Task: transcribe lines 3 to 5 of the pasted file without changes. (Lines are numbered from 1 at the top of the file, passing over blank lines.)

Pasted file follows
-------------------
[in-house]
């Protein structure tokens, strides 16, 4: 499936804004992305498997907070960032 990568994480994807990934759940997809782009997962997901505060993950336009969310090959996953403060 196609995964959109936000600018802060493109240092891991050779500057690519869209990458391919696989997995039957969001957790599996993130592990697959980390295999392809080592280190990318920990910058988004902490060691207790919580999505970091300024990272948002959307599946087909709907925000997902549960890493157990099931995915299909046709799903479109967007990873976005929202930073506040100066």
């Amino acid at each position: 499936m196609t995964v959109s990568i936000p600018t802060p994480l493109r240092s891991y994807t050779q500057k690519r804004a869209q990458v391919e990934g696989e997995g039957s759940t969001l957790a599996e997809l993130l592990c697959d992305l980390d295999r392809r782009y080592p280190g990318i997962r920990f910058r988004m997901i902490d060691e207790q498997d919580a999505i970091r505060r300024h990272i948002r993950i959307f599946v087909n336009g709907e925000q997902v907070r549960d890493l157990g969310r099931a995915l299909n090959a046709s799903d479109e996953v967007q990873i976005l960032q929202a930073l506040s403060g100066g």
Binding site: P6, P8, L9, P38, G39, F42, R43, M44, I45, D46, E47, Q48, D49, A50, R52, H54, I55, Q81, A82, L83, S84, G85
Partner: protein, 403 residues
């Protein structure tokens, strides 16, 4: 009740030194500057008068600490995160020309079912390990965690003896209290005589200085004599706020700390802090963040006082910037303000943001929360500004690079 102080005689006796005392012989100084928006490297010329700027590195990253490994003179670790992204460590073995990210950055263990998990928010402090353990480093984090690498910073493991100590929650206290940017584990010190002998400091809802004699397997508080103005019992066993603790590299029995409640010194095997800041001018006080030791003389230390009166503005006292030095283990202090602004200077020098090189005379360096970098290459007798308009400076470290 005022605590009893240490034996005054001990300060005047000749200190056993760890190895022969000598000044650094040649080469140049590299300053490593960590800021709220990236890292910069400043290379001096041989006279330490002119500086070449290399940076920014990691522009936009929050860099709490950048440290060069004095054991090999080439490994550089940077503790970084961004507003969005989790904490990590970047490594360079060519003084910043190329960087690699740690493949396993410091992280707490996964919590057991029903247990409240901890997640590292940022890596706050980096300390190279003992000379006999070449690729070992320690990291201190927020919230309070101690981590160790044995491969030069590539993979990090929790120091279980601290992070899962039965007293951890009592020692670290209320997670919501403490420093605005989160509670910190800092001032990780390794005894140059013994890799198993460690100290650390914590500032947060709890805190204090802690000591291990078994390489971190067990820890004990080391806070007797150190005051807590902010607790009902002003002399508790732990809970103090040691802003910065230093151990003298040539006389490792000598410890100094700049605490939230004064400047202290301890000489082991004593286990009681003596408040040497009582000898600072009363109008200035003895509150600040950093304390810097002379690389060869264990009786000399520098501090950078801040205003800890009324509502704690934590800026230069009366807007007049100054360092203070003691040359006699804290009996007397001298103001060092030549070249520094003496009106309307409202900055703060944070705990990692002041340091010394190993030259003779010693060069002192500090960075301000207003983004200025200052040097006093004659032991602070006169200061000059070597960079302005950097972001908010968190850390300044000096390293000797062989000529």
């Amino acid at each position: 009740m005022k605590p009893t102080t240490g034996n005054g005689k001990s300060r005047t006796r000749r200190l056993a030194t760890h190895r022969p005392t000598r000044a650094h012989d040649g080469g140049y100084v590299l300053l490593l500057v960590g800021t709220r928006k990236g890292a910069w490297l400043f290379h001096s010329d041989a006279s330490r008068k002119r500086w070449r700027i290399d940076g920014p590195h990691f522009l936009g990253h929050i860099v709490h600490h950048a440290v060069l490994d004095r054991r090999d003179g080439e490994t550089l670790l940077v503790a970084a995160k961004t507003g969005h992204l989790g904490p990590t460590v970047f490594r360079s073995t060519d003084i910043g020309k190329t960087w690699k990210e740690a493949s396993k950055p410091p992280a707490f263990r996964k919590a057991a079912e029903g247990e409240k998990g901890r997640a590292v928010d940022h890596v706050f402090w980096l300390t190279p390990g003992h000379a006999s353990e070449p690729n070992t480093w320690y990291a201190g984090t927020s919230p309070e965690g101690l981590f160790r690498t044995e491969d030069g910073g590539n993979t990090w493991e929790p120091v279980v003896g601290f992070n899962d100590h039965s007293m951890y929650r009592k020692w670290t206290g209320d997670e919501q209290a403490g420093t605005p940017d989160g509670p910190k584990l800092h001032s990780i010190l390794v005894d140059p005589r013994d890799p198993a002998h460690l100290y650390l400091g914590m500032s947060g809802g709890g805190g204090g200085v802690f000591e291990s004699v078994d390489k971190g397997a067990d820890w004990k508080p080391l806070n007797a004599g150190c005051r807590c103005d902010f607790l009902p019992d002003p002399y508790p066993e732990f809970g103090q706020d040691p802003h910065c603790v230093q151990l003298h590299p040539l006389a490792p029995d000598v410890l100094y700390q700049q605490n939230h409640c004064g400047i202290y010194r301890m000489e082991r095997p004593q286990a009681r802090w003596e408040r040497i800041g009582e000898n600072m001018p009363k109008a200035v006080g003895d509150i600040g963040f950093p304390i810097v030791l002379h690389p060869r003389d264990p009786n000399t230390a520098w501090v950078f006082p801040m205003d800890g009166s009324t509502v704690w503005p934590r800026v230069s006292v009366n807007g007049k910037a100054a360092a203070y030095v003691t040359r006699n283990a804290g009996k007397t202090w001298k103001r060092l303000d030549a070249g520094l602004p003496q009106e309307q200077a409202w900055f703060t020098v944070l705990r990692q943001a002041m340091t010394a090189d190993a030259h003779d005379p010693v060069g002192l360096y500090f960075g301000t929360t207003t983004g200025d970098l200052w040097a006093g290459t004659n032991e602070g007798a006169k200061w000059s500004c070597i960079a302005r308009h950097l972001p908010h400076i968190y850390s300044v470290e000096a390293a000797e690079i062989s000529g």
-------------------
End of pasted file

């Amino acid at each position: 499936m196609t995964v959109s990568i936000p600018t802060p994480l493109r240092s891991y994807t050779q500057k690519r804004a869209q990458v391919e990934g696989e997995g039957s759940t969001l957790a599996e997809l993130l592990c697959d992305l980390d295999r392809r782009y080592p280190g990318i997962r920990f910058r988004m997901i902490d060691e207790q498997d919580a999505i970091r505060r300024h990272i948002r993950i959307f599946v087909n336009g709907e925000q997902v907070r549960d890493l157990g969310r099931a995915l299909n090959a046709s799903d479109e996953v967007q990873i976005l960032q929202a930073l506040s403060g100066g």
Binding site: P6, P8, L9, P38, G39, F42, R43, M44, I45, D46, E47, Q48, D49, A50, R52, H54, I55, Q81, A82, L83, S84, G85
Partner: protein, 403 residues